“As baby boomers begin to approach the end of their lives, the time is right for books about the spirituality of dying.... This is a book they’ll want to read.”
— Anna Jedrziewski, Retailing Insight
“For boomers who wish to devote serious attention to questions of meaning as they experience ineluctable aging, this book of intense, personal conversations leavened with profound insights is an excellent place to begin.”
— Publishers Weekly (framed review)
“A biography of a spiritual genius preparing for his last day by helping us prepare for our next day. If you don’t know Reb Zalman, please let Sara introduce you to him. If you do know him, please let Sara introduce you to him more intimately.”
— Rabbi Rami Shapiro, author of Perennial Wisdom for the Spiritually Independent
“This is not a morbid book about the end of life, but a bright, spirited discussion between a great teacher and a sincere seeker.”
— Larry Dossey, MD, author of One Mind and Healing Words: The Power of Prayer and the Practice of Medicine
“Davidson brings us the dialogue we dream of having: where we can place our darkest doubts and fears in the loving embrace of a profound elder, who’s grooming us patiently for what’s waiting around the inevitable corner of our lives.”
— Rabbi Tirzah Firestone, author of With Roots in Heaven and The Woman's Kabbalah
“The December Project embodies deep spiritual wisdom…. A lovely book.”
— Marianne Williamson, author of A Return to Love
“Renowned journalist Sara Davidson has drawn out new, previously unrevealed dimensions of Reb Zalman, one of the great teachers of our age. Listening in on their conversations is both mind and soul expanding.”
— Rabbi Joseph Telushkin, author of Jewish Literacy, and Hillel
“Rabbi Zalman Schachter Shalomi is the most creative teacher and practitioner of Jewish spirituality in the Western world. Sara Davidson’s lively engagement with his teachings highlights a curious mind and a beautiful soul that we are blessed to be able to encounter through this book.”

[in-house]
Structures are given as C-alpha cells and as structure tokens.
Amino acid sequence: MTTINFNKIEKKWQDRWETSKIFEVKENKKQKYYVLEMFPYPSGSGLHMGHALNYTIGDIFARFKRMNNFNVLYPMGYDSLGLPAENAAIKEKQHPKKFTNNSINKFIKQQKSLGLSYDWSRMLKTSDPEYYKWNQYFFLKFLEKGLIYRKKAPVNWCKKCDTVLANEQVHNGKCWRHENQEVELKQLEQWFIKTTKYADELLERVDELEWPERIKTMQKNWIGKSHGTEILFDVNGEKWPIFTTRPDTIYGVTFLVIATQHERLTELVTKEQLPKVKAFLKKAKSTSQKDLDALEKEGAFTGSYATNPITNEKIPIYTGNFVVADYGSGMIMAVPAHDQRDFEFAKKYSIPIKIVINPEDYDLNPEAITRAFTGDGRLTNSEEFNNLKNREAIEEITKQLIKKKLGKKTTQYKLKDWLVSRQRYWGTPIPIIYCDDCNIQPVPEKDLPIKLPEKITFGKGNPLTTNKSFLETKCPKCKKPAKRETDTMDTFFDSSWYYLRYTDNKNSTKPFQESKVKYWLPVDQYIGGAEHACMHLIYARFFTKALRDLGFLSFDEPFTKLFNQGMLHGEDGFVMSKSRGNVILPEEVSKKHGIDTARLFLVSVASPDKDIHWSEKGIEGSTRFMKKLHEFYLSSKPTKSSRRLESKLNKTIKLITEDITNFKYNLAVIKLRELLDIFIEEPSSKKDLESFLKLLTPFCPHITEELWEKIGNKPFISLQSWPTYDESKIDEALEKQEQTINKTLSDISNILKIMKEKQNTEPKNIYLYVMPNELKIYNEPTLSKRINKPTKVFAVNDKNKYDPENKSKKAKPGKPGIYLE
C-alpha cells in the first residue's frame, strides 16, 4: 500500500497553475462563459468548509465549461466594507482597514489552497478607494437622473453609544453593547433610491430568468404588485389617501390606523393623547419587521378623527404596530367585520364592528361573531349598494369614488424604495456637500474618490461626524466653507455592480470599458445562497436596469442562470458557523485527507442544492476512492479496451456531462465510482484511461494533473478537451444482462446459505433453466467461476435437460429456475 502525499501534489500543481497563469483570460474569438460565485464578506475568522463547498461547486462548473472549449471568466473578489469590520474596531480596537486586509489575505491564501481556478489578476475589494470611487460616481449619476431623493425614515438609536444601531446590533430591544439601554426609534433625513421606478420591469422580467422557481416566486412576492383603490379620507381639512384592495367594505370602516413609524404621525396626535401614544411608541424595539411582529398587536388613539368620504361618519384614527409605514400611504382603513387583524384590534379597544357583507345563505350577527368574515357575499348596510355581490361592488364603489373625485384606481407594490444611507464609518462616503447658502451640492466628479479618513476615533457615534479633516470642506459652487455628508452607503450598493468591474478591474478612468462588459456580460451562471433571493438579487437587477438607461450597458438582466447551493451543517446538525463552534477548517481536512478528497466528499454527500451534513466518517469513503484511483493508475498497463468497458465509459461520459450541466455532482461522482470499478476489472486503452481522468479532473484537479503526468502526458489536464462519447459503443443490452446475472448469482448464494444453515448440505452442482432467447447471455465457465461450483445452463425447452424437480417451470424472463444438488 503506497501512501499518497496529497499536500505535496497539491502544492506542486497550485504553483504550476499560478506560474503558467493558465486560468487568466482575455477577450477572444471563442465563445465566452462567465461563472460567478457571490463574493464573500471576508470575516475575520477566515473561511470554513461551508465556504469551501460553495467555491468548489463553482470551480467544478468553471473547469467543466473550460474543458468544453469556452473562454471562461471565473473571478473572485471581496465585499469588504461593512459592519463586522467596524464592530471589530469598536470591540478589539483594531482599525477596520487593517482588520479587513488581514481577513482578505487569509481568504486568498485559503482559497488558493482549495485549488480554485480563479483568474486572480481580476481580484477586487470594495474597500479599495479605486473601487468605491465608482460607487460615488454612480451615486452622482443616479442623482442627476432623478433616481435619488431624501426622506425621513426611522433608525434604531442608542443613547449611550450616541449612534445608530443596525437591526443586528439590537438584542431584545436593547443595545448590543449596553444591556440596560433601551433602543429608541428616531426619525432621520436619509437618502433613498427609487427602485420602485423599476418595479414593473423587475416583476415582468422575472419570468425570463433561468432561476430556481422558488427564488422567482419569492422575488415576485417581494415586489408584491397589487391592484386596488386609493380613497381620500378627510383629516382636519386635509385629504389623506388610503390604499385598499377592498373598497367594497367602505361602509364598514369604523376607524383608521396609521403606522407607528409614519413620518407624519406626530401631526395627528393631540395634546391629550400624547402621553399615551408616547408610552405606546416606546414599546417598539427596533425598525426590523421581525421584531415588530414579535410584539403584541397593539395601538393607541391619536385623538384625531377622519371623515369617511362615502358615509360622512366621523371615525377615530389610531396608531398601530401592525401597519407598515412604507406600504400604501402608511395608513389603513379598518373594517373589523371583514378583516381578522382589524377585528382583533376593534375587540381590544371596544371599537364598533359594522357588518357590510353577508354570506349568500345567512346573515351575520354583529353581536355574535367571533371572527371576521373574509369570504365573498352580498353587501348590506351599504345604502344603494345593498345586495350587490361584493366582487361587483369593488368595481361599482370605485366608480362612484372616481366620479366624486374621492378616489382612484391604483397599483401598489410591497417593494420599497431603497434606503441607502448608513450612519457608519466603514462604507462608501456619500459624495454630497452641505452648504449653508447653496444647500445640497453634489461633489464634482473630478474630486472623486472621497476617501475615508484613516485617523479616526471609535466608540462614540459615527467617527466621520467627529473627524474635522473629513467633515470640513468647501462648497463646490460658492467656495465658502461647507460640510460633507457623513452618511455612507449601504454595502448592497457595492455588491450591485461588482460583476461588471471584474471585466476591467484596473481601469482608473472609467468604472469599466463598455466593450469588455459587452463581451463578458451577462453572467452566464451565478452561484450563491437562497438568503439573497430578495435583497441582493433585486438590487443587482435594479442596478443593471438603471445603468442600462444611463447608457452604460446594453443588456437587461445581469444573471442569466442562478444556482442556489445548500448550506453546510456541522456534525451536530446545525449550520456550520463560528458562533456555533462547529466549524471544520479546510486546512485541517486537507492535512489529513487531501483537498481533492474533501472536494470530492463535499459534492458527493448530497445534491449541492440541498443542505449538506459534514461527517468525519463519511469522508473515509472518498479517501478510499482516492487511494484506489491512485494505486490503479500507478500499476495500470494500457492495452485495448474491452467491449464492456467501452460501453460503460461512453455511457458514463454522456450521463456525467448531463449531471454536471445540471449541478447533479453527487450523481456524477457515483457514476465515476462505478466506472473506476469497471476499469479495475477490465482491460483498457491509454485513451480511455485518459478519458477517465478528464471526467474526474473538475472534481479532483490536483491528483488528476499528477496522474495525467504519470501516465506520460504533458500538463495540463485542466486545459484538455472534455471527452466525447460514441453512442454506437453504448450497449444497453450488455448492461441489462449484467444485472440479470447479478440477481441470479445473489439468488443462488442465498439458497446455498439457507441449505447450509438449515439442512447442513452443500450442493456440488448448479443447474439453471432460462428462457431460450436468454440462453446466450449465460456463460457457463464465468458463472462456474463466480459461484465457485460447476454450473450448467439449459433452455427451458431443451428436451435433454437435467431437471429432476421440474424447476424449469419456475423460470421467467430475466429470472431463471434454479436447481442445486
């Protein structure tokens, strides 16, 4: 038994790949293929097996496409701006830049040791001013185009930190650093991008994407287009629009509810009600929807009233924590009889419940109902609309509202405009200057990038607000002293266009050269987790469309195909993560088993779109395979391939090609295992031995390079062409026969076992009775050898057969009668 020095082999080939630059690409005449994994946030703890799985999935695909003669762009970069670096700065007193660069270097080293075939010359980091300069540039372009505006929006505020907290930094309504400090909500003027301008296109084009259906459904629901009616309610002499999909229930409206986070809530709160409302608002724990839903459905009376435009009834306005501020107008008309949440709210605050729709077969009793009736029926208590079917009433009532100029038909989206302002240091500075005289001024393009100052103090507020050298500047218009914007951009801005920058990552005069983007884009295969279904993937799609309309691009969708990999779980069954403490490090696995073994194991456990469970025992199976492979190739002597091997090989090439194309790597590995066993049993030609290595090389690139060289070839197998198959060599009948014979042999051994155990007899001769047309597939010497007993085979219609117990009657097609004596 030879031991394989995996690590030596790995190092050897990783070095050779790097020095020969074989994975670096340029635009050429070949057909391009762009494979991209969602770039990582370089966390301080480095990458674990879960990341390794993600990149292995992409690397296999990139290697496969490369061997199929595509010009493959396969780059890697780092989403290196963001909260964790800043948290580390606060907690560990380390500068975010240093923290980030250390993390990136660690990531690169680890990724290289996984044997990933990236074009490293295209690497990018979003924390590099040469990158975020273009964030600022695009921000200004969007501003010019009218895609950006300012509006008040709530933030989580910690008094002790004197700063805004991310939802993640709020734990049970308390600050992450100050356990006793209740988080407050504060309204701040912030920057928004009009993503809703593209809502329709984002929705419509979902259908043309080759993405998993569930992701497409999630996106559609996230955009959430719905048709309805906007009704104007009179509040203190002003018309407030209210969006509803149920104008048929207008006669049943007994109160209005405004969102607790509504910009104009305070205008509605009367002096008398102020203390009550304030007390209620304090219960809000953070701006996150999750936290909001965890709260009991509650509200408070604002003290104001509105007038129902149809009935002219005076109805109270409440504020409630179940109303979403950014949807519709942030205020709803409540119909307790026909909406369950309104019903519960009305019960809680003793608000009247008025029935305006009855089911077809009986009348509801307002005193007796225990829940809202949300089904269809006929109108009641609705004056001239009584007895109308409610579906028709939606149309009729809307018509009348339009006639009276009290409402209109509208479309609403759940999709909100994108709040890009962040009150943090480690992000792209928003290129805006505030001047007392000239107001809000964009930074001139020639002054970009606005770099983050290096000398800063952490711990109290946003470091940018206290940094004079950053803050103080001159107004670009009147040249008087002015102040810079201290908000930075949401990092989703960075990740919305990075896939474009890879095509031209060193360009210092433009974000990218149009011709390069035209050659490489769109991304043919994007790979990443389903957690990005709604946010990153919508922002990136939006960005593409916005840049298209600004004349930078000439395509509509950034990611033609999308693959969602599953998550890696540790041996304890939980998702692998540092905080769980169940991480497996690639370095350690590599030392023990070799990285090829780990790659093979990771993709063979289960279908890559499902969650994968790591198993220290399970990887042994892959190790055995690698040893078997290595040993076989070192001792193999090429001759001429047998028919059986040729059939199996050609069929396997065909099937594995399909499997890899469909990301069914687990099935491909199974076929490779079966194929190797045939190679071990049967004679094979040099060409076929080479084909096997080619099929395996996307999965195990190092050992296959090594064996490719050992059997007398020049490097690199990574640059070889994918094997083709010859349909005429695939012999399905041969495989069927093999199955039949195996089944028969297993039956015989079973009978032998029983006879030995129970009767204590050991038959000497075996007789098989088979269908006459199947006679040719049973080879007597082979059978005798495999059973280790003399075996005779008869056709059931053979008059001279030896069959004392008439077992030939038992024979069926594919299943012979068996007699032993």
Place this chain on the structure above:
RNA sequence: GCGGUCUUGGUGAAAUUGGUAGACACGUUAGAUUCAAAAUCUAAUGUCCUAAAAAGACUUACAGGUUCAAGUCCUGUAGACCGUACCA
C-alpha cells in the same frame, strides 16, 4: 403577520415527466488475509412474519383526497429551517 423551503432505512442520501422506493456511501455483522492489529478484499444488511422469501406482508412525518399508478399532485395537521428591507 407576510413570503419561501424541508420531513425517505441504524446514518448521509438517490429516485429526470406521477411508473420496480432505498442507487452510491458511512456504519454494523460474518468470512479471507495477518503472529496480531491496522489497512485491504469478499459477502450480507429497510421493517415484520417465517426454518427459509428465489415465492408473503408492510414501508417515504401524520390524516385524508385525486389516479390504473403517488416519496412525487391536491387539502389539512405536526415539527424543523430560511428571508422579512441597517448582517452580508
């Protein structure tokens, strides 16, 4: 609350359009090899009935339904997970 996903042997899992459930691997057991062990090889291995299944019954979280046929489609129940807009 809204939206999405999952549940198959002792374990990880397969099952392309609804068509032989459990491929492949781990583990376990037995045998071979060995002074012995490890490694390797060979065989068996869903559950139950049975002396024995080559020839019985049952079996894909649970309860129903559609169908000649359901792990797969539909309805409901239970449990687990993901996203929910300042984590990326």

— Rabbi Michael Lerner, editor of Tikkun Magazine and author of Jewish Renewal: A Path to Healing and Transformation
“Bracing, brave observations [that] should empower readers of any age.”
“A warm and wise new book . . . a mediated memoir and meditation on the end of life. … A tour through the rabbi’s unusual life sprinkled with bits of folksy wisdom, and suggestions on how to achieve a little peace yourself.”
— Boulder Daily Camera
“The December Project is full of the ‘great questions’ that Schachter-Shalomi is famous for asking. [The book] distills spiritual wisdom and teachings about coping with mortality of this rabbi who has spent his life both deepening his ties to the Jewish tradition and innovating outward.”
— Tablet Magazine
“In her compelling new book, Davidson allows us to eavesdrop on two years of conversation with Rabbi Zalman Schachter-Shalomi. . . . Reb Zalman’s wisdom shines out from the book’s pages . . . a celebratory book.”
— Jewish Journal
“Sara Davidson shares the joy and wisdom that she gleaned from two years of weekly talks with eighty-six year old Rabbi Zalman Schachter-Shalomi. A delight to read, the lingering gifts of this book are peace, love and sweetness.”
— Light of Consciousness Journal
“Sara Davidson caught the spirit of this many-sided man in her interviews, and she has transmitted his insights into how to live in the December stage of our lives to all those who read this book. I recommend this one wholeheartedly.”
— South Florida Jewish Journal
Shortly before Jewish renewal movement founder Rabbi Zalman Schachter-Shalomi died in July, The December Project appeared. In it, the guru-like rabbi shared eldering wisdom and anticipatory thoughts on dying well. ... A chance for a wider audience to access the teachings of Reb Zalman.
“[Davidson] strikes a keen balance between sharing enough of herself that she is a real presence in the book, and withdrawing enough that we can feel that we too are sitting in intimate conversation with Reb Zalman, gleaning some of what he’s harvested over nearly ninety years of life.”
— Rabbi Rachel Barenblat, author of The Velveteen Rabbi